“A part of all you earn is yours to keep. It should be not less than a tenth no matter how little you earn. It can be as much more as you can afford. Pay yourself first. Do not buy from the clothes-maker and the sandal-maker more than you can pay out of the rest and still have enough for food and charity and penance to the Gods.” – The Richest Man in Babylon
The idea of paying yourself first is nothing new or exciting. Neither is the concept that you should be able to save at least 10% of your income and take care of everything you need with the other 90%. These aren’t revolutionary concepts. But are you doing them?
I think that one of the problems with these ideas is that they are almost too commonly referenced. We have become tone-deaf to their message. They don’t have the striking impact that they should because we already know that we should be saving our money.
Another reason that many people struggle with these concepts is that they seem like a great idea during the planning stage, but when the shit is hitting the fan and you really need an f-ing vacation before you have a mental breakdown, it’s easy to toss “pay yourself first” right out the window with the ab workout and the pull-up bar.
In the book, Arkad learns an even deeper lesson when he spends an entire year saving 10% of his earnings and then gives his savings to a brick layer for a joint venture where they will purchase gems and resell them for a tremendous profit. When this doesn’t work out, he receives some great advice:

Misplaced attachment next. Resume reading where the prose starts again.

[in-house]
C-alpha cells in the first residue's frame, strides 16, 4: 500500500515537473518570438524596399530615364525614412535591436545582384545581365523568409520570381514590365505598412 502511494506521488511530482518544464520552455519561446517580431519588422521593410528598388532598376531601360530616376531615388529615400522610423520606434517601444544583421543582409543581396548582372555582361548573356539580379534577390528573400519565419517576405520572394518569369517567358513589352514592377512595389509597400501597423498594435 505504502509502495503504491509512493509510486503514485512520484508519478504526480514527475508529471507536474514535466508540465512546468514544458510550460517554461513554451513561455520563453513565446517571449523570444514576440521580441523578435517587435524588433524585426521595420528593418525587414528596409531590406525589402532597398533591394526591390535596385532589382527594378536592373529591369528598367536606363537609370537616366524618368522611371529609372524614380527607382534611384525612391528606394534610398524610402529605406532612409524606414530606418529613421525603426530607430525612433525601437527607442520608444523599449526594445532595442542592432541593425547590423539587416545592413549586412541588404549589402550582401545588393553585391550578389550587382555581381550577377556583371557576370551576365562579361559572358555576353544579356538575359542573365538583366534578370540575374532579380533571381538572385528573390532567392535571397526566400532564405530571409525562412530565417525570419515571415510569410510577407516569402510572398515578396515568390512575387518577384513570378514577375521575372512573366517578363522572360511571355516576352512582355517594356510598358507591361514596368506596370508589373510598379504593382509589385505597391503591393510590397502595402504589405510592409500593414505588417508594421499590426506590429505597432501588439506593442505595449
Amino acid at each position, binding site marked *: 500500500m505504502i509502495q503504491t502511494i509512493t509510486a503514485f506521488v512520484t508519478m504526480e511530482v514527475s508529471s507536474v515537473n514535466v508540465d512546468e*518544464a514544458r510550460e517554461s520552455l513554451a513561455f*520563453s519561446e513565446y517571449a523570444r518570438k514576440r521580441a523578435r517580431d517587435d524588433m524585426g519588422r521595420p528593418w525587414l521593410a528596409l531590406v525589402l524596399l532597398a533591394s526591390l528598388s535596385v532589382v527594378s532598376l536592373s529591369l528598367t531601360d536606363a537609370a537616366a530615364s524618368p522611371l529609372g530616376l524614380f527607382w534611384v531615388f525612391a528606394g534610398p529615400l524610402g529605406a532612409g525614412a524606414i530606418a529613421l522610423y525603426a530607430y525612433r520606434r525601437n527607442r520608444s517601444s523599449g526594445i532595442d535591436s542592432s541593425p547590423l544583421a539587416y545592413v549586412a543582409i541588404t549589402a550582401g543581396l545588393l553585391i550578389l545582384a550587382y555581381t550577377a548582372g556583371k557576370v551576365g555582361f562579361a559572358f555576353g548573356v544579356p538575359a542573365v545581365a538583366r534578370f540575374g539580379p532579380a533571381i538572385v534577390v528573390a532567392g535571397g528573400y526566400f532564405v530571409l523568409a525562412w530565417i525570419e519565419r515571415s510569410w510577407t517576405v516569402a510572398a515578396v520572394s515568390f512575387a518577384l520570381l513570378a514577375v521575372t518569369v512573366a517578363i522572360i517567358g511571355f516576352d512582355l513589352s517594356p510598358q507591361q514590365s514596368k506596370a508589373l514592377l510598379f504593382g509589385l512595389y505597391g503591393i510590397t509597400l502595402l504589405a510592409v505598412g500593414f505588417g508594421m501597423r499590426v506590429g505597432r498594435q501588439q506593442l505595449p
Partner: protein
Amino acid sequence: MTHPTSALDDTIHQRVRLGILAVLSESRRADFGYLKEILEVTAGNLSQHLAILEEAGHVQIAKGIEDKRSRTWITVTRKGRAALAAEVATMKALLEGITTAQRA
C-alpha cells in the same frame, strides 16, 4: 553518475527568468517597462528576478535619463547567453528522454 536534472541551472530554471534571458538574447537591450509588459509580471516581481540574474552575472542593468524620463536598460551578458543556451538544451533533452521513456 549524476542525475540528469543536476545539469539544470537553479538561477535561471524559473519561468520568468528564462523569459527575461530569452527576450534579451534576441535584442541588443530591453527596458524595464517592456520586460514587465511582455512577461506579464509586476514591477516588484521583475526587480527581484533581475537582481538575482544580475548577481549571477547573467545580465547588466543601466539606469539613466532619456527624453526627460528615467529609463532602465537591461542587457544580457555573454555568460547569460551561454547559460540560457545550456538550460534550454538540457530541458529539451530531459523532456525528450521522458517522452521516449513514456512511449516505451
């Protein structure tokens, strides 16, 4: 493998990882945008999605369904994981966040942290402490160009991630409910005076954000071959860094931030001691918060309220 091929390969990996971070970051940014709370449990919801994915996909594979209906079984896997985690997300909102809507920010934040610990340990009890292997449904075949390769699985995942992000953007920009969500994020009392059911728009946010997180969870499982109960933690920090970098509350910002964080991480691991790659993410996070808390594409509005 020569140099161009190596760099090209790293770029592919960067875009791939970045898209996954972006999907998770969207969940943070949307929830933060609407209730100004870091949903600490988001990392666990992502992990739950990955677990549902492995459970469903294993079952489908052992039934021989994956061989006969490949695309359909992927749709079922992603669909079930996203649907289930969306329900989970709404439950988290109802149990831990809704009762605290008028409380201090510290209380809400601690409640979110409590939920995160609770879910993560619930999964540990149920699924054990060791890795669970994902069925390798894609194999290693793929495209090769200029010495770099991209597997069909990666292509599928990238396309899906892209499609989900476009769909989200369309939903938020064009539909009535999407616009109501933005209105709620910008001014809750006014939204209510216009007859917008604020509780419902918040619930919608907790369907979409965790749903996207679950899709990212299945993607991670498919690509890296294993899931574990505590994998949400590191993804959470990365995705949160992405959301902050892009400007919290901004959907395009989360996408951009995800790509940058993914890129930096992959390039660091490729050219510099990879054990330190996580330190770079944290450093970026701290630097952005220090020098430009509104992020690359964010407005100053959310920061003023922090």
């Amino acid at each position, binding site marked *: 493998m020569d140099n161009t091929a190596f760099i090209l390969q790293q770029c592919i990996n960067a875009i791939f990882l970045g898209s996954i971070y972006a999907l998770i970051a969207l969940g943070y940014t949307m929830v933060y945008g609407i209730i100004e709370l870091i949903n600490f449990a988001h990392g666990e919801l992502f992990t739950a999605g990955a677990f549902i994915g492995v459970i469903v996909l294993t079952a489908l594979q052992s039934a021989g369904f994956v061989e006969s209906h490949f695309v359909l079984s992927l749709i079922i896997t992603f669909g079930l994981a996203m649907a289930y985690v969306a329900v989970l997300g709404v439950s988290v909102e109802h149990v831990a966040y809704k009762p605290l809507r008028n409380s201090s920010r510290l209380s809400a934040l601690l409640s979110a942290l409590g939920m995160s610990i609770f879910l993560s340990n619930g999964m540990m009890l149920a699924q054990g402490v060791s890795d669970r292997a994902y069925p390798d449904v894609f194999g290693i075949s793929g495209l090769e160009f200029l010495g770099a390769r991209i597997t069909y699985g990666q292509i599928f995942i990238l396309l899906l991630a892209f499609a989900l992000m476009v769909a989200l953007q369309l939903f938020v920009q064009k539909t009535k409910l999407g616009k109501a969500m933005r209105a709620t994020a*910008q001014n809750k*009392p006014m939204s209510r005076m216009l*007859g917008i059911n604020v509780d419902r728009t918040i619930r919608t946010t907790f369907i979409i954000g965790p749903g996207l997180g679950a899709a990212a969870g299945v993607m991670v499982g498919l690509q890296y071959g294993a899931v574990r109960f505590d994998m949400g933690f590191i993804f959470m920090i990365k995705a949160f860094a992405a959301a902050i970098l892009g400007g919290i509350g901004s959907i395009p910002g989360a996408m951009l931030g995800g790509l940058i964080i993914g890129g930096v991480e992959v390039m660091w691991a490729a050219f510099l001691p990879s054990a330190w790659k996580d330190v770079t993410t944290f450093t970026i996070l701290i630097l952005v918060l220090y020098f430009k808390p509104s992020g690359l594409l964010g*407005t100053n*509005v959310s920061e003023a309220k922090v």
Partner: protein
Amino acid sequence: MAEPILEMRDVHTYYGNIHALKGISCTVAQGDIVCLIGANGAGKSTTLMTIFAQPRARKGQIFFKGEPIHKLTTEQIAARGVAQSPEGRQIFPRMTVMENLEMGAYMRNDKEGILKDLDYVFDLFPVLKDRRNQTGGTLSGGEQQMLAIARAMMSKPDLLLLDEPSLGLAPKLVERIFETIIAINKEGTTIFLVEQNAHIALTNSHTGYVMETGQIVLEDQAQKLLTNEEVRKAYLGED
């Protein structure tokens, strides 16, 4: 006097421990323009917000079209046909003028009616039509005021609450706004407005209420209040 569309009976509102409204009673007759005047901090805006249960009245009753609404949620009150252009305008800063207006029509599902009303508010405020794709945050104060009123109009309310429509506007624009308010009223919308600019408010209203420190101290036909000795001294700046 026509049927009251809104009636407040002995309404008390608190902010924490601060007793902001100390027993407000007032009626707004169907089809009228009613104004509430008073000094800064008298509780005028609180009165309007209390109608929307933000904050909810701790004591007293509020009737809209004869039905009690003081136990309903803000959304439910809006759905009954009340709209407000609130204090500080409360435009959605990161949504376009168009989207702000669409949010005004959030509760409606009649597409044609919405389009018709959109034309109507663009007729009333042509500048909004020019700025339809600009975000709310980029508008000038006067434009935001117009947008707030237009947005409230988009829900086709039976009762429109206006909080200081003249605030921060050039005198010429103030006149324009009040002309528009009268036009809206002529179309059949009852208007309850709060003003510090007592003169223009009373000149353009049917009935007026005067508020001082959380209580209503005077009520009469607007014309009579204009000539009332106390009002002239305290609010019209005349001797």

“Your savings are gone, youth, you have jerked your wealth-tree up by the roots. But plant another. Try again.”
Maybe it wasn’t on a jewelry scheme, but we’ve all been there. I’ve cleaned out my savings twice in the past three years. Once for an over-the-top honeymoon vacation (which was fabulous) and then again for home renovations (I’ll get that money back eventually). I’ve also spend thousands of dollars over the years on business ideas that turned out to be foolish, and spent even more money on things that were foolish in a more general sense.
Despite whatever mistakes you have made over the course of your life, they do not have to define you in the future. You can start saving today, and tomorrow you will already be further ahead than you would have been. Arkad suggests that you constantly remind yourself about this:
“I advise that you take the wisdom of Algamish and say to yourselves, ‘A part of all I earn is mine to keep.’ Say it in the morning when you first arise. Say it at noon. Say it at night. Say it each hour of every day. Say it to yourself until the words stand out like letters of fire across the sky.”
To help myself stay focused on this, I am going to print out the “pay yourself first” image that is in the upper right corner of this post and put it on the corkboard behind my computer that I look at every morning and evening. What are you doing to make sure you remember to pay yourself first?